Falsehood is easy, truth so difficult. – George Eliot
What could one possibly say to this?
"You should never tell your daughter that you tried to keep her. She should never know that you wanted her. The story of her birth and how she came available for adoption should be kept to yourself. It would be too painful for her to hear. She would feel like she is living the wrong life. She will feel as though the life she has had is not valid."
This statement or suggestion came to me from another adoptee. This adoptee is aware of the key points of my story (maternity home, promissory notes, threats of lawsuit) and feels, apparently, that discussing that with my daughter would be a bad thing.
I admit this boggles my mind. I realize this is one adoptees opinion and maybe they would never want to know this information but to advise the same for another?
I am a realist. Some might consider me a bit hard core in the truth department, but that is who I am. I have learned through the years to be a little less blunt and consider the feelings of others but I have a really hard time embellishing, omitting, denying or avoiding.
I am not wired that way.
Furthermore, I am paid a good living to counsel others, executives, to tell the truth, to be transparent and admit mistakes. I would not be the least bit credible in my opinion if I was selective about my own truth.
My truth is that I did not want to surrender my daughter. She was not meant to be adopted. I tried to keep her. I failed. I was too weak. I caved to the threats of lawsuits against me and my parents. I had no legal counsel. No place to live. No one to help me and support me. The truth of adoption trauma and how it affects mothers and children was withheld from me by the caseworkers. They lied to me so they could get her and sell her to any one of their wealthy clients. It was to their benefit to get my child at any cost. They were suppliers to the intense demand that is created by the prospective adoptive parents.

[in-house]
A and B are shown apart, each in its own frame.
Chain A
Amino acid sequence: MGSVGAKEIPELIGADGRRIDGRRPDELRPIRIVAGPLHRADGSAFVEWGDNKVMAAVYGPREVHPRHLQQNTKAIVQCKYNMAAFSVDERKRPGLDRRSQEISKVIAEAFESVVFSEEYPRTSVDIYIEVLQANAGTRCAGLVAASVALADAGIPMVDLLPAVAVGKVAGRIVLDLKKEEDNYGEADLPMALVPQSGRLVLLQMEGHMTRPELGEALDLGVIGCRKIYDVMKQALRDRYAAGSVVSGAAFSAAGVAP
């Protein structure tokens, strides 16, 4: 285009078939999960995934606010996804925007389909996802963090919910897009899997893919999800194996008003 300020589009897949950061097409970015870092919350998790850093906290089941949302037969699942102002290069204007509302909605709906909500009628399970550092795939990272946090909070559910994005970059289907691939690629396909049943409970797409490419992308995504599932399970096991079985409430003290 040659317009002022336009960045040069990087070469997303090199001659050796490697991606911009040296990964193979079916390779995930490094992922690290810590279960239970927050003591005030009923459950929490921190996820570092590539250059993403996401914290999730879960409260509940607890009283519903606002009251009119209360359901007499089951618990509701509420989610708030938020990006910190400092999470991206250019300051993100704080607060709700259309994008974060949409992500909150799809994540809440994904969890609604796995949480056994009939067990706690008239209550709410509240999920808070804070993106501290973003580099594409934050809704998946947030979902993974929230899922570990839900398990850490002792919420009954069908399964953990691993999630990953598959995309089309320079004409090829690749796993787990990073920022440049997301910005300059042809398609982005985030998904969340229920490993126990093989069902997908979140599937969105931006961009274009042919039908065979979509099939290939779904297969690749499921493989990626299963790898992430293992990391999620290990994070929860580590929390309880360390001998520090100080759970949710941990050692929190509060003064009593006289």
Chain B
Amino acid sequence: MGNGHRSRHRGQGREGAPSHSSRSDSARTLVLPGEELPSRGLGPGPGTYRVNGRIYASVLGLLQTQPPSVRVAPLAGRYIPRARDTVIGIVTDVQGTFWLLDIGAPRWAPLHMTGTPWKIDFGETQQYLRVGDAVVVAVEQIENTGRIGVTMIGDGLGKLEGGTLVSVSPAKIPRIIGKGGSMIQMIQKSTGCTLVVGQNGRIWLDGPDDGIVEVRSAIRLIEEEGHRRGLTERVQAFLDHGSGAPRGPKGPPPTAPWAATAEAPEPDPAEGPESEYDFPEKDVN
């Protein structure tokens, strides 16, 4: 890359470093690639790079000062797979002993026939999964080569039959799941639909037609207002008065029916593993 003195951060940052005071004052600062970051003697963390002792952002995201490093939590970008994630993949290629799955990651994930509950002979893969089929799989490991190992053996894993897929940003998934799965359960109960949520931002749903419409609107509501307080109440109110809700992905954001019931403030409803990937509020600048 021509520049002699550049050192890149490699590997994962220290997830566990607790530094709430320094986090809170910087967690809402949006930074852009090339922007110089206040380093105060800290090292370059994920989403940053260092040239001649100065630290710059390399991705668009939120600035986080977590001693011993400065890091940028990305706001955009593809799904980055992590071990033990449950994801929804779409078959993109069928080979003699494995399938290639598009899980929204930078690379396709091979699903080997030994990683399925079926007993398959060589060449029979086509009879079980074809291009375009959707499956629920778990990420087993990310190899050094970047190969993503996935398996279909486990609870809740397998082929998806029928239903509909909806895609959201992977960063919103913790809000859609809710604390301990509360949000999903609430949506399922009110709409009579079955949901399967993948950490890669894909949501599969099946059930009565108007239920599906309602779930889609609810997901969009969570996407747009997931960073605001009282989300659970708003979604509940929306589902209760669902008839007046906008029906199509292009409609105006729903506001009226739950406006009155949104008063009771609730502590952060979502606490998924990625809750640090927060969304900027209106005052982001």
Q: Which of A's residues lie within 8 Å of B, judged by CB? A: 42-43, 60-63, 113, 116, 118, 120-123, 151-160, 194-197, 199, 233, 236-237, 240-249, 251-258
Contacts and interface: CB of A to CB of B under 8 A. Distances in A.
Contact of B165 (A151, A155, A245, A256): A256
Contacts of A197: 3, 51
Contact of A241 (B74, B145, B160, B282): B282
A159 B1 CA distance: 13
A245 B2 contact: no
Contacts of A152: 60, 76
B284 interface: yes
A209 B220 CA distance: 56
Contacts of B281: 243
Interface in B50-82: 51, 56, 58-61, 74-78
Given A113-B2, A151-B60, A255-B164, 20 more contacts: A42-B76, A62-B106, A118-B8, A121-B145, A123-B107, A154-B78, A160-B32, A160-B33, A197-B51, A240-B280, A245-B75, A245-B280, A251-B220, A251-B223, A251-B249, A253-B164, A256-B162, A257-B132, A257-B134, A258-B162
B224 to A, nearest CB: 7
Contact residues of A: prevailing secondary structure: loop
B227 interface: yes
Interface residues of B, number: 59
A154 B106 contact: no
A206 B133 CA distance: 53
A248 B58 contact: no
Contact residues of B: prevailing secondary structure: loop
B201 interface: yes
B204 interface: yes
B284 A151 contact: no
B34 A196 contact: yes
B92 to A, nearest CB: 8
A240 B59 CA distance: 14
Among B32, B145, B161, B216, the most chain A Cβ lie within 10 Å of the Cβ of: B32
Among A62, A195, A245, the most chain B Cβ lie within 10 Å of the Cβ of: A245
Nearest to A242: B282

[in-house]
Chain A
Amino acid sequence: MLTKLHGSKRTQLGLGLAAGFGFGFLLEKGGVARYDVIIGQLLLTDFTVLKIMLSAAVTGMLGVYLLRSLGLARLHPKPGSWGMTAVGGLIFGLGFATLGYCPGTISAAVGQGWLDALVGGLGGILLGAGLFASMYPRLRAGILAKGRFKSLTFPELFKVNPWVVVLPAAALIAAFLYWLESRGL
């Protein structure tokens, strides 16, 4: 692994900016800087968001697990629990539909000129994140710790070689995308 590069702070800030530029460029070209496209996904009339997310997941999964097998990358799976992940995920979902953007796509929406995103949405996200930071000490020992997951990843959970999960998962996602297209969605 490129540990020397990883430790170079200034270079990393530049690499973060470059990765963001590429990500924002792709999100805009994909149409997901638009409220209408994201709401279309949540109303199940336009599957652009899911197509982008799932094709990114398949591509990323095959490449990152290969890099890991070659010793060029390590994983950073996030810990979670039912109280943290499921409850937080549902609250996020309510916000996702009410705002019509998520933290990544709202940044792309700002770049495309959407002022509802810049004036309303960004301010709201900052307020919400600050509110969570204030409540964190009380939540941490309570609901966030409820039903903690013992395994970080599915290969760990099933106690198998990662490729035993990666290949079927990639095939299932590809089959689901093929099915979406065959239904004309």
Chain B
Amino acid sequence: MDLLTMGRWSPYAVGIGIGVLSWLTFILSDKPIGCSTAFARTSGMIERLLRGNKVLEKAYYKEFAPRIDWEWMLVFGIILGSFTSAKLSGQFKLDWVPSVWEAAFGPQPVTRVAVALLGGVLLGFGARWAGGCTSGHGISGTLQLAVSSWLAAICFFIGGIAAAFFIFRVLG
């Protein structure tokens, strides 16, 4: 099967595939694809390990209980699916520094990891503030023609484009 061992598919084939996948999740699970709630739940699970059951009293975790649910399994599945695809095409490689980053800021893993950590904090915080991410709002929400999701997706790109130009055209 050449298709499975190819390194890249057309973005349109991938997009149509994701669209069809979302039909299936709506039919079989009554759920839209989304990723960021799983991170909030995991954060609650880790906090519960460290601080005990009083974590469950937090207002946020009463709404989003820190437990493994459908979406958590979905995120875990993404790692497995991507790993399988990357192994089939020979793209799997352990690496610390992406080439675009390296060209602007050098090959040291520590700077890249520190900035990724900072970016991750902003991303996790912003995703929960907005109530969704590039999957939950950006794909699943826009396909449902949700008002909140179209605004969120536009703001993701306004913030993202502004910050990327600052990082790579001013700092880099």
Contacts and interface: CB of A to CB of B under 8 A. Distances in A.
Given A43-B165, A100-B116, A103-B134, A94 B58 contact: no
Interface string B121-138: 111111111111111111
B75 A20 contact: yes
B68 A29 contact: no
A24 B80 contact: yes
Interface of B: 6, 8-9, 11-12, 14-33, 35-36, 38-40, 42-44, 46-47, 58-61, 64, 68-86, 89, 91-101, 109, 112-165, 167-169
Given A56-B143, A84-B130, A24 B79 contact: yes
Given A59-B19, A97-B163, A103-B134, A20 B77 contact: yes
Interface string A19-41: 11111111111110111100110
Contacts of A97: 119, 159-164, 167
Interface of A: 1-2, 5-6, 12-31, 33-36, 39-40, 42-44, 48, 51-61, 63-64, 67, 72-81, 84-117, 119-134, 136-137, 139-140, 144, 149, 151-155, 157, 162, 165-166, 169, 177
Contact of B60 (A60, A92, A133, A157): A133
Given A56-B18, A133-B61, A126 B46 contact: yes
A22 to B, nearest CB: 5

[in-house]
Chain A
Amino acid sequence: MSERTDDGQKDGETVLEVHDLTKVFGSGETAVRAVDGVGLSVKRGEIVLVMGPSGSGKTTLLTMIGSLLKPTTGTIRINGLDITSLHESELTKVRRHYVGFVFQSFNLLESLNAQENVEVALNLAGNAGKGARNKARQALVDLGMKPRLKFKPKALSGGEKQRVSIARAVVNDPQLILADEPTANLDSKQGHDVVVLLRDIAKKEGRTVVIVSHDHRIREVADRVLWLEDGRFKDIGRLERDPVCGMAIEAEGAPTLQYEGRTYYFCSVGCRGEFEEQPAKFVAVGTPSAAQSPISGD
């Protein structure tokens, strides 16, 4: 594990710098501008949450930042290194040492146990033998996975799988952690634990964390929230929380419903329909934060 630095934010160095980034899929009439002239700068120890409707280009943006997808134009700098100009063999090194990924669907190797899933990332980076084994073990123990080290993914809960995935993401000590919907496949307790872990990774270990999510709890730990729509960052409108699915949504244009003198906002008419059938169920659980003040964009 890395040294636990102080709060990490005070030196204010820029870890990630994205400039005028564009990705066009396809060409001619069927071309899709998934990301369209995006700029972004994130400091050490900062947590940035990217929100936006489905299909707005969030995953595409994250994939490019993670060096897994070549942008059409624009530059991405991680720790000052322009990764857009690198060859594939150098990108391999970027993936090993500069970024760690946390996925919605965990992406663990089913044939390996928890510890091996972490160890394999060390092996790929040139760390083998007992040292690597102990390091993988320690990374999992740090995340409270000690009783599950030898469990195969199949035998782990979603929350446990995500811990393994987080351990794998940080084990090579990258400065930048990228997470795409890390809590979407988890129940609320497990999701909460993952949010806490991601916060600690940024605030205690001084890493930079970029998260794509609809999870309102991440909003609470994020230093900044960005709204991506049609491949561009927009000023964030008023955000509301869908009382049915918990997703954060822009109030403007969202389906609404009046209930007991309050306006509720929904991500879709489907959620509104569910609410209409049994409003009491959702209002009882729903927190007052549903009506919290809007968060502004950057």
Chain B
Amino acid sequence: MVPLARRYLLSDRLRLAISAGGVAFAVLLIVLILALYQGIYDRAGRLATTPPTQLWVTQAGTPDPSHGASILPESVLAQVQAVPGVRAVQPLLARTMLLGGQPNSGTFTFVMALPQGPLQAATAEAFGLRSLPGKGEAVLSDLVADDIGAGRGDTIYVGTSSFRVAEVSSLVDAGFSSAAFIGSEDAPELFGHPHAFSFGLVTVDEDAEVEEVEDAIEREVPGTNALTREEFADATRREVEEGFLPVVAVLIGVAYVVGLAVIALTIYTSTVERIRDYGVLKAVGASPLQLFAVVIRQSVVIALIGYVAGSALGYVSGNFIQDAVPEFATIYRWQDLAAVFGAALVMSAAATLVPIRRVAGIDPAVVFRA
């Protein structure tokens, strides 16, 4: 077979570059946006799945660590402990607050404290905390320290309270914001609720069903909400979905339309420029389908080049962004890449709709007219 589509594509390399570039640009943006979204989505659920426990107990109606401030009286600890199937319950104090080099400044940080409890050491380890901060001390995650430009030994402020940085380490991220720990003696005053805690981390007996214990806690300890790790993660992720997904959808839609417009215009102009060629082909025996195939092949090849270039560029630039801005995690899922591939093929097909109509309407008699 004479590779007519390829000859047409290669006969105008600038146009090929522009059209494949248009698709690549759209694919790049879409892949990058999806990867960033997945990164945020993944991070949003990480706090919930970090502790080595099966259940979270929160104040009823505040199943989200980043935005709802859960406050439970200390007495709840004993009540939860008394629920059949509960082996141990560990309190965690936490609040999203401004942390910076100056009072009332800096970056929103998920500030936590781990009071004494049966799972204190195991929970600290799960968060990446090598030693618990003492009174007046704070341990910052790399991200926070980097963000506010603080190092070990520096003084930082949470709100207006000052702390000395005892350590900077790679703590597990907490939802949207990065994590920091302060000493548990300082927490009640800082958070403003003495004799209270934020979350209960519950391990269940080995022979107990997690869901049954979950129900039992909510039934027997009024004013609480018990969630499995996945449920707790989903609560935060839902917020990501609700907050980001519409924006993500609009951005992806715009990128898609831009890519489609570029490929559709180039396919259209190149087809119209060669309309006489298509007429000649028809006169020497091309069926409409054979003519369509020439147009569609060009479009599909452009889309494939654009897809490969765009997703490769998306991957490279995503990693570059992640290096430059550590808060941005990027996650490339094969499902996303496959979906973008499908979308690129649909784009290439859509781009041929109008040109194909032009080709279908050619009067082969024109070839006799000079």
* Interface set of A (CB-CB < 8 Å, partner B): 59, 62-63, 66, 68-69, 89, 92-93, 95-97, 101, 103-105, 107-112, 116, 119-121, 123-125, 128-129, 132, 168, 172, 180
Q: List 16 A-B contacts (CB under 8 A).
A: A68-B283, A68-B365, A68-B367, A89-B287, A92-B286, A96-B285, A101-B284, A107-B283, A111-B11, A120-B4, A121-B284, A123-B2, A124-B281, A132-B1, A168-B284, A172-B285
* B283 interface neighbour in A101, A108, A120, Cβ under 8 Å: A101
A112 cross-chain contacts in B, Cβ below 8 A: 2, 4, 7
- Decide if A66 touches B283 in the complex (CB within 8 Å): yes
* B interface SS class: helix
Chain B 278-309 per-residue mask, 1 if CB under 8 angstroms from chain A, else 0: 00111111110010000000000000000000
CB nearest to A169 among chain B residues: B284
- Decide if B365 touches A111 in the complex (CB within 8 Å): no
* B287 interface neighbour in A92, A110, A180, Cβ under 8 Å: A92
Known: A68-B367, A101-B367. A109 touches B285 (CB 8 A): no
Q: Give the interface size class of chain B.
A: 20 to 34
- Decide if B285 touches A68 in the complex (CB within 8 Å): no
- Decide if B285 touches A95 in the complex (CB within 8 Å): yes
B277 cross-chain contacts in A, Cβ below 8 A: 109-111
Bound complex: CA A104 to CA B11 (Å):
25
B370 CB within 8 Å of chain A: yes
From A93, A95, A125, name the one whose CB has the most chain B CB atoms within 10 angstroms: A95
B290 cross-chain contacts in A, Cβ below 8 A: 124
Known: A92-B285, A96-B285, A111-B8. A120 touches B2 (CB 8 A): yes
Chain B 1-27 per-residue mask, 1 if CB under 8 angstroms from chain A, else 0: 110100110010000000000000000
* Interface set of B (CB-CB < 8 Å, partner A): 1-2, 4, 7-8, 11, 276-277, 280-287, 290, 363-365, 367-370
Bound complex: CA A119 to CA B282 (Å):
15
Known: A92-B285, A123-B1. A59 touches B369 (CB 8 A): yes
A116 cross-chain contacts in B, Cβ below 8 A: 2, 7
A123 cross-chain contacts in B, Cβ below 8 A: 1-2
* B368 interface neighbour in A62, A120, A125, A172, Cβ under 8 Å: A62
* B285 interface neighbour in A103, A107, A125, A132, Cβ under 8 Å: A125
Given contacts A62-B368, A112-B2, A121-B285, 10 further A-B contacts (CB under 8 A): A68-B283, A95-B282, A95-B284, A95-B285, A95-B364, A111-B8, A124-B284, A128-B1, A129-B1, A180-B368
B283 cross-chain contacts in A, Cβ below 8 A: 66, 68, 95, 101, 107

Had things been ethical, she would not have been adopted. Had someone supported me, she would not have been abandoned to strangers.
Does this mean the life my daughter lead is not valid?
Her life is very real. She has very real parents and a very real family. However, that very real family does not negate the fact that she also has a first family. Nor does the love she receives from her adoptive parents zero out the love I have always felt for her. I understand she cannot recognize me or her first family. That does not mean I cannot recognize her. She is, was, and always will be a part of my family and a part of my life.
As I have said many times, motherhood, for me, does not come with an off switch. It doesnâ€™t even come with a dimmer switch.
All that being said, I have shared very little with my daughter regarding her adoption story. My approach, erroneous as it may be to others, is the same I have taken with her brothers at any given age. I answer only what is asked. I assume when she wants to know something, or is mature or emotionally ready to know something, she will ask. I have not and will not vomit my emotions all over her and expect her to find her way through the smelly wreckage. I have told her she can ask anything. I have assured her that her feelings matter and she should never feel the need to protect my feelings in spite of her own. I am a big girl. It has taken me a long time to acknowledge and own my feelings. I am responsible for them. Not her.
Her story is her story and it is available at the asking. But I will not embellish it to make it sound like something it is not.
It is my truth.
It is her truth.
How we handle that is up to us as individuals and as mother and daughter.
Sorry to my friend the adoptee who offered that advice I refer to at the beginning of this post. I have to politely refuse to accept it.